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Forensic architecture: Only the Criminal Can Solve the Crime

Middlesex University
Publication Date
  • Architectural Design Theory
  • Criminology
  • Law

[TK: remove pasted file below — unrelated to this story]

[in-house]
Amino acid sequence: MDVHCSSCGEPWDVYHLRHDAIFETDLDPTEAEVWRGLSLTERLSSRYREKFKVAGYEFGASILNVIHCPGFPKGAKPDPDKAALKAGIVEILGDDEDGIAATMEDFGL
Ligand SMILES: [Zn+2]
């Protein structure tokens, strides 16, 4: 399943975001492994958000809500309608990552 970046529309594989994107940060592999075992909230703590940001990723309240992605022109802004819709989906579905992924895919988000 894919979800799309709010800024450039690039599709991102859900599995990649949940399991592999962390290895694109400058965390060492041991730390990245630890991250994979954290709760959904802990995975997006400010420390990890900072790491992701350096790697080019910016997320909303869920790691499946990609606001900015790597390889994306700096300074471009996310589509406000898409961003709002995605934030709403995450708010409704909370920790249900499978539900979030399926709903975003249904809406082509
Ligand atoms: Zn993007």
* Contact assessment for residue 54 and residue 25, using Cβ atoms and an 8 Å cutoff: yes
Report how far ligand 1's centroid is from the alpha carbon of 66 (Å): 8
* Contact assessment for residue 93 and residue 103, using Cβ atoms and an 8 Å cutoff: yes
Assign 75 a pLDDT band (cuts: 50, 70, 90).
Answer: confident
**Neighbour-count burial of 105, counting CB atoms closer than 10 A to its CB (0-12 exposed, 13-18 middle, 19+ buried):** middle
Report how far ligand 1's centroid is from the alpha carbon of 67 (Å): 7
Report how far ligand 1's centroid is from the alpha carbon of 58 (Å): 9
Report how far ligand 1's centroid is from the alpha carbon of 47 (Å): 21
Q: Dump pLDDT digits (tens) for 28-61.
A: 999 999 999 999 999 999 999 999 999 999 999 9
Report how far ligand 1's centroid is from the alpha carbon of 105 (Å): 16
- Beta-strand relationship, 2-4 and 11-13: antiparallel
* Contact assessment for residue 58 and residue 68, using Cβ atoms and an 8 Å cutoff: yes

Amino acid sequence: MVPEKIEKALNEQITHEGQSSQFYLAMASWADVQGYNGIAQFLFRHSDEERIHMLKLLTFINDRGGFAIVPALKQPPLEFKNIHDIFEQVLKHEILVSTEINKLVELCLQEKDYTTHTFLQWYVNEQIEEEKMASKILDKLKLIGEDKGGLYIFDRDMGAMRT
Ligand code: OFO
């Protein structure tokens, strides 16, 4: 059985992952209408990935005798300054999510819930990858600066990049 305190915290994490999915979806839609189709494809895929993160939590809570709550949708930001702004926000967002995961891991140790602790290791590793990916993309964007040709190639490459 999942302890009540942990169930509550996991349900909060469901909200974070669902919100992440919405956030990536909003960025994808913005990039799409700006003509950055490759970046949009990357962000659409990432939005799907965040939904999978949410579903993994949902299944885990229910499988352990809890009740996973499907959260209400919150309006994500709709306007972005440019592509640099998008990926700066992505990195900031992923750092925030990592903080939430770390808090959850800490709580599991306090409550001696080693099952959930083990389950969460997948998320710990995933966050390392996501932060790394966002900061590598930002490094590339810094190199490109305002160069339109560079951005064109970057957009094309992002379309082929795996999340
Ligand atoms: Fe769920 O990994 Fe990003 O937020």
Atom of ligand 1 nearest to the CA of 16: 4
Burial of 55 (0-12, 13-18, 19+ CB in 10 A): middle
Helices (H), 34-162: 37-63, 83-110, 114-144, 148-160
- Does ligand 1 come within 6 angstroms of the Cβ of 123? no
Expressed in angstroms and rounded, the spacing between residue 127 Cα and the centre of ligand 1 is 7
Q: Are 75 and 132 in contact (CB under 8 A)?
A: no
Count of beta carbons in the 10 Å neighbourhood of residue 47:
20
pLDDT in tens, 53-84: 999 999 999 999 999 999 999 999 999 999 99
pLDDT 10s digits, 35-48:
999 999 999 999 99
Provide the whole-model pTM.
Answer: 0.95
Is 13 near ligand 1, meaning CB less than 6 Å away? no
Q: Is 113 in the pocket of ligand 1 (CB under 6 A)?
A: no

A strange story unfolded in the shadows of the legal and diplomatic furore that accompanied the release, on 15 September 2009, of Richard Goldstone’s Report of the United Nations Fact Finding Mission on the Gaza Conflict, which alleged that the Israeli army (and Hamas) committed war crimes, and indeed that Israel might even be guilty of ‘crimes against humanity’.1 On the same day Human Rights Watch (HRW), itself conducting an in-depth analysis of Israel’s 2009 attack on Gaza, announced the suspension of its ‘expert on battle damage assessment’, Marc Garlasco. Garlasco, who had joined HRW’s Emergencies Division in 2003 after seven years as an intelligence analyst, ‘battle damage assessment expert’ and ‘targeting specialist’ at the Pentagon – involved in targeting in Kosovo, Serbia and Iraq – had since been employed as the organization’s in-house military and forensic analyst. His investigations focused largely on the examination of material remnants found in sites of destruction, and on analysis of munitions types and military technology. Providing crucial material evidence for HRW’s research on violations in Iraq, Afghanistan, Lebanon, Gaza, Burma and Georgia,2 he had, by the time of his suspension, authored and contributed to a series of reports alleging violation of international humanitarian law (IHL) by the Israeli military, in both its Gaza offensive and a string of earlier incidents.3 His research was considered crucial to the Goldstone Report, and is referred to there no fewer than thirty-six times.

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